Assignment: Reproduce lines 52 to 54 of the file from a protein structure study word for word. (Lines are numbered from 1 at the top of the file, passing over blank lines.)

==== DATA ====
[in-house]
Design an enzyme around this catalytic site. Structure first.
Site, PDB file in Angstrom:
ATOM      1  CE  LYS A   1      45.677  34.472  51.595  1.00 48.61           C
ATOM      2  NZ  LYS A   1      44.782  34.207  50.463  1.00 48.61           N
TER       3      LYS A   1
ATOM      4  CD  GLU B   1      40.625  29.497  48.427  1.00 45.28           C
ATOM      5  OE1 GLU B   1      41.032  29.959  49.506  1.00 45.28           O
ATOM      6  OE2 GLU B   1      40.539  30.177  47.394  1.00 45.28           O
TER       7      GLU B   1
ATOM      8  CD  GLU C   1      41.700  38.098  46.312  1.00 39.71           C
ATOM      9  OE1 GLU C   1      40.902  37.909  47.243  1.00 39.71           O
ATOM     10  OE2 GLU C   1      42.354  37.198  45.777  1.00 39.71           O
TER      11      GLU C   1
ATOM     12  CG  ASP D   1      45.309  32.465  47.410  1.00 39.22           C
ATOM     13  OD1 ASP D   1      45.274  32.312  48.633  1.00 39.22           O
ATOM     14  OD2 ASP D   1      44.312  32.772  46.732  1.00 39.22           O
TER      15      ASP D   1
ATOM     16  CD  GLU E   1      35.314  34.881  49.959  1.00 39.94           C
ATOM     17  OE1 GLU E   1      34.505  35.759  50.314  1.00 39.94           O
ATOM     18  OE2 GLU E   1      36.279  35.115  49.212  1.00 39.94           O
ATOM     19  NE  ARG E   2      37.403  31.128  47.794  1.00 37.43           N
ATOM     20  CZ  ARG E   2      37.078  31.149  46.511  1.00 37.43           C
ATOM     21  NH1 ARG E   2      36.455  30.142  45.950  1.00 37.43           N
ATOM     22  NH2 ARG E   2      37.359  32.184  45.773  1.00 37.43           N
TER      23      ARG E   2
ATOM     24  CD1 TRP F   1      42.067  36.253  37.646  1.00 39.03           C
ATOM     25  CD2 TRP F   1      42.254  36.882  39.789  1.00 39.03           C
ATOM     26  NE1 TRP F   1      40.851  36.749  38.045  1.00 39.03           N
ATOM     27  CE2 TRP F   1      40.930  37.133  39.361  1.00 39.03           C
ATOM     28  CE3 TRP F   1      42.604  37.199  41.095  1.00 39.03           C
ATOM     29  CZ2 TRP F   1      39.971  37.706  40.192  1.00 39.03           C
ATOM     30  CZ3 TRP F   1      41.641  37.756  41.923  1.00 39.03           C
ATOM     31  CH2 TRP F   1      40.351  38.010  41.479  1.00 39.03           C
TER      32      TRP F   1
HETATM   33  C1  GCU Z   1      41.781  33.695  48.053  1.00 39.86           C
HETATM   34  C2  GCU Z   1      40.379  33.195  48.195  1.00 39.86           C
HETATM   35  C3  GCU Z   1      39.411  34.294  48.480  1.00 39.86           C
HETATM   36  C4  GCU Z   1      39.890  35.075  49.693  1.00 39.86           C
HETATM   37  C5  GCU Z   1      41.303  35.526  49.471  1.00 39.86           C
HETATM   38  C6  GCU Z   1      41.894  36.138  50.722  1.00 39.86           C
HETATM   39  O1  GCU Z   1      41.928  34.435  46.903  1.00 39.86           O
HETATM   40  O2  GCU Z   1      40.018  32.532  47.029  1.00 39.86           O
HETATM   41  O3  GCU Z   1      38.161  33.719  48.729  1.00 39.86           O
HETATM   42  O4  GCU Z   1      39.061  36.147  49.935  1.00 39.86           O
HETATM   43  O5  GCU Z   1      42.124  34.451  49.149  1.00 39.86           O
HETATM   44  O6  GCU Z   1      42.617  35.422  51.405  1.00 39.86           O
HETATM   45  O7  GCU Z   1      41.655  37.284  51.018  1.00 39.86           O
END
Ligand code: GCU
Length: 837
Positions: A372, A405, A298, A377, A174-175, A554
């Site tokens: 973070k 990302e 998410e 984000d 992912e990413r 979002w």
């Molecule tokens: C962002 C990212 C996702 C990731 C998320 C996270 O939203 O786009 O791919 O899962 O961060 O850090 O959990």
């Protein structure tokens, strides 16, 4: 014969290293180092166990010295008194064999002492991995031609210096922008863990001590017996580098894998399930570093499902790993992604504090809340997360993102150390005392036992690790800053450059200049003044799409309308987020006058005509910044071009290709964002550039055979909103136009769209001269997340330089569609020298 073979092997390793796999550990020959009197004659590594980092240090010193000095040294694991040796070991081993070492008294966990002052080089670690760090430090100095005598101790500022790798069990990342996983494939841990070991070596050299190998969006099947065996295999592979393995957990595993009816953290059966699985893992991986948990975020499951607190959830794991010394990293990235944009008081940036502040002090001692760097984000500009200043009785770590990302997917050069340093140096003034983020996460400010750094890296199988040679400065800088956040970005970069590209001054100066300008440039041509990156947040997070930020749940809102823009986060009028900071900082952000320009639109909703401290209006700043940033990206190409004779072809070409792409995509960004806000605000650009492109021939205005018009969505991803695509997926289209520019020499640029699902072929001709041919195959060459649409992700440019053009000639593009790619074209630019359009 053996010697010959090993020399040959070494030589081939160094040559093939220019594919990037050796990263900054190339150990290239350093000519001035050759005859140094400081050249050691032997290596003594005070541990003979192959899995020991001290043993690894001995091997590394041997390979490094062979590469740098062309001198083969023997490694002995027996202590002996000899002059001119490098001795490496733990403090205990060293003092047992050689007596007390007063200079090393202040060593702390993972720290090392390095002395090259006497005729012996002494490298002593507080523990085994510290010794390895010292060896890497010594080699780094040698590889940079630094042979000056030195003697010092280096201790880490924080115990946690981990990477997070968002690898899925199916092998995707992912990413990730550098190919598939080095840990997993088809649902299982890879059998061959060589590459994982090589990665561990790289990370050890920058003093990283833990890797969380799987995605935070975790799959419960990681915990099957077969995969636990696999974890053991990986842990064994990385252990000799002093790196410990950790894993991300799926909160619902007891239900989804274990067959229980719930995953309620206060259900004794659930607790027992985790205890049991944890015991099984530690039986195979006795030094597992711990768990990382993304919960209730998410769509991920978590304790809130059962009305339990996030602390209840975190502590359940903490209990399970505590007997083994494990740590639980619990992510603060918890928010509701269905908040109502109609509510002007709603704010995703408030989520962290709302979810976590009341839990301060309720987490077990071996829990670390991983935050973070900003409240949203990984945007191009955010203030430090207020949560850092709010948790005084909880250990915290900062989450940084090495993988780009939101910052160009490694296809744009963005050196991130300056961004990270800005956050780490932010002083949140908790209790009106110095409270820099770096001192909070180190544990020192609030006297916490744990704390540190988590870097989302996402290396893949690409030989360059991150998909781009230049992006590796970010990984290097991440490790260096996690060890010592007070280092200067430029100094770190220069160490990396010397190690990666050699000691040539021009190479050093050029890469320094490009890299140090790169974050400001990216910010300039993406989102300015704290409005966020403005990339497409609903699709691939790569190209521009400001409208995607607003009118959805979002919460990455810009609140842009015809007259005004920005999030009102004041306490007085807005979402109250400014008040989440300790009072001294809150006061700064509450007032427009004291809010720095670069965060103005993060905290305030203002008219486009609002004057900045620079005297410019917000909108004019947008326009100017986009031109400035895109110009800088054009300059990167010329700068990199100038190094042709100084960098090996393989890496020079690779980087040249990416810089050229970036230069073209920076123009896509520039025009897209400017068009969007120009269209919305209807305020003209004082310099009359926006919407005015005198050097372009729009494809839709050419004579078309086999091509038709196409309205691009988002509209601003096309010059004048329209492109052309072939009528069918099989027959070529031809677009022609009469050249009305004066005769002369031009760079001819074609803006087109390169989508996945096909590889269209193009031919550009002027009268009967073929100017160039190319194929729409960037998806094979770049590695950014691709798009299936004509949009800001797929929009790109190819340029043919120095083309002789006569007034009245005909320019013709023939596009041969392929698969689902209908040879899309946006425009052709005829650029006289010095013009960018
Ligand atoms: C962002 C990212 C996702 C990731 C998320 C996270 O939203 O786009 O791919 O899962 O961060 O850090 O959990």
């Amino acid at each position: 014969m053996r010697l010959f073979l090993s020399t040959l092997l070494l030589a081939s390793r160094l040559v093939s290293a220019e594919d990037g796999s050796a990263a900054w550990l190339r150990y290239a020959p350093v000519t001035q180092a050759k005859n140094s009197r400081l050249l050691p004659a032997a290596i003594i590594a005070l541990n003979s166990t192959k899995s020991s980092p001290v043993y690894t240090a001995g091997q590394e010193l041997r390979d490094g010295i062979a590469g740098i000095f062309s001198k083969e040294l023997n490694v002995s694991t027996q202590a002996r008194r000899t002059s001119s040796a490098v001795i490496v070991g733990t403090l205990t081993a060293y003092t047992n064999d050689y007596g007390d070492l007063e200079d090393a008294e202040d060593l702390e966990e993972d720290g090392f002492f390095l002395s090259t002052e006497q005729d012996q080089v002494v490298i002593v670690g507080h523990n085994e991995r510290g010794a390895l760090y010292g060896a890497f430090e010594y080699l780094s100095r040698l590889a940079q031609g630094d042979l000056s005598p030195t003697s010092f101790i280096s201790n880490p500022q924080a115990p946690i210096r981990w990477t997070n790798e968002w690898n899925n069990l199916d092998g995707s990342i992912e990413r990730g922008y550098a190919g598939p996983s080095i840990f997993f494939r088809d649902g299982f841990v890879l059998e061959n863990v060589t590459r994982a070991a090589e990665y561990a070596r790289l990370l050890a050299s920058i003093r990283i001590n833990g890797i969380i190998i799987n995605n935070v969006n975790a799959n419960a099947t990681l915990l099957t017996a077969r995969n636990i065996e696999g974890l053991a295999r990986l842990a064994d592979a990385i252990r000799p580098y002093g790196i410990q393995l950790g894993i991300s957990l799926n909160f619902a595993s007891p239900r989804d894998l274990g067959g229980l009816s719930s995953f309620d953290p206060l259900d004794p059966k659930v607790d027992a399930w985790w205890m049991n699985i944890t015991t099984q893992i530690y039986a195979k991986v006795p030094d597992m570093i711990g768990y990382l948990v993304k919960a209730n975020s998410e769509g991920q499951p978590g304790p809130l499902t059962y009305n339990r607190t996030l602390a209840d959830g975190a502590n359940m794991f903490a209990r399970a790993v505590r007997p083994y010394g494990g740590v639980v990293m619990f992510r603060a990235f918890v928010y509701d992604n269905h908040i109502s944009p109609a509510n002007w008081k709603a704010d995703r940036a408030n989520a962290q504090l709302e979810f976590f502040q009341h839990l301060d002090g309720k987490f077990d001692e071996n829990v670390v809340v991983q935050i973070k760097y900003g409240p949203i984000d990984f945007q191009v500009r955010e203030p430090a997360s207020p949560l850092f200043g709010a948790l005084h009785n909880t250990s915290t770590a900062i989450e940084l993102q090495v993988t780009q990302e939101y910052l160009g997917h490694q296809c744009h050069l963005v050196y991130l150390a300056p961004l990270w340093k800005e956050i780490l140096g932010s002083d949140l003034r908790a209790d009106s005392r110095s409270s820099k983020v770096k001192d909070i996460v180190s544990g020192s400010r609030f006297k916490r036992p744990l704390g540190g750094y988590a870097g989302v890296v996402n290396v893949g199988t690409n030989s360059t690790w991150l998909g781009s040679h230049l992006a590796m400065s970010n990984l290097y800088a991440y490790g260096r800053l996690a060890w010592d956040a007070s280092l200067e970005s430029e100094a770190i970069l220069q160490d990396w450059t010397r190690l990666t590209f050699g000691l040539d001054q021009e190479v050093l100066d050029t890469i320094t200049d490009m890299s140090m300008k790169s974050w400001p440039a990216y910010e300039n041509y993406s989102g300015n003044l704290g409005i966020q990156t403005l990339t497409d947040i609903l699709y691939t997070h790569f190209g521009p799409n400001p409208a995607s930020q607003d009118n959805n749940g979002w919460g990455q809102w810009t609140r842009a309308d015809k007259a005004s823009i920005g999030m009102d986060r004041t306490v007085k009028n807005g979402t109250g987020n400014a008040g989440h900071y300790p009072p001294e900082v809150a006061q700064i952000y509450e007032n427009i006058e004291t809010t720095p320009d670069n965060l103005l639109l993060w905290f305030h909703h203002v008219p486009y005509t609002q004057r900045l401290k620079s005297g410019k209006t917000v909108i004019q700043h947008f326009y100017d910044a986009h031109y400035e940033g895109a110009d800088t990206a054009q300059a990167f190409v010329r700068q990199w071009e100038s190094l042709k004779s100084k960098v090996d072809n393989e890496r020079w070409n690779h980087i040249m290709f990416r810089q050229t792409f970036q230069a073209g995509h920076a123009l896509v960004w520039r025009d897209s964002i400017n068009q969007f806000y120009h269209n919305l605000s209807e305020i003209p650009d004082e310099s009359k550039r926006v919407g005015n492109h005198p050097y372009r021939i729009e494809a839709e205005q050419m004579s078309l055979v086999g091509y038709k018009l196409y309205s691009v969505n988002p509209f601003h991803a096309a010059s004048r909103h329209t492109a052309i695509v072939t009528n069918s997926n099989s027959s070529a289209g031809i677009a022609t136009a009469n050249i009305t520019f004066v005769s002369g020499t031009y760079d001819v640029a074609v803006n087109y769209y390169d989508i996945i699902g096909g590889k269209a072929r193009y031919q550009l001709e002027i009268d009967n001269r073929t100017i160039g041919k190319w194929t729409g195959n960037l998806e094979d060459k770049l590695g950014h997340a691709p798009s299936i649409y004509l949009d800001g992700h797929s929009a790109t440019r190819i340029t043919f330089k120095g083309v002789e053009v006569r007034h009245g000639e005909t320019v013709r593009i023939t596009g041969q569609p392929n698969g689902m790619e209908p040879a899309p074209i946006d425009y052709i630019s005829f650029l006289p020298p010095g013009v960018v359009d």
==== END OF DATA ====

Positions: A372, A405, A298, A377, A174-175, A554
């Site tokens: 973070k 990302e 998410e 984000d 992912e990413r 979002w």
């Molecule tokens: C962002 C990212 C996702 C990731 C998320 C996270 O939203 O786009 O791919 O899962 O961060 O850090 O959990």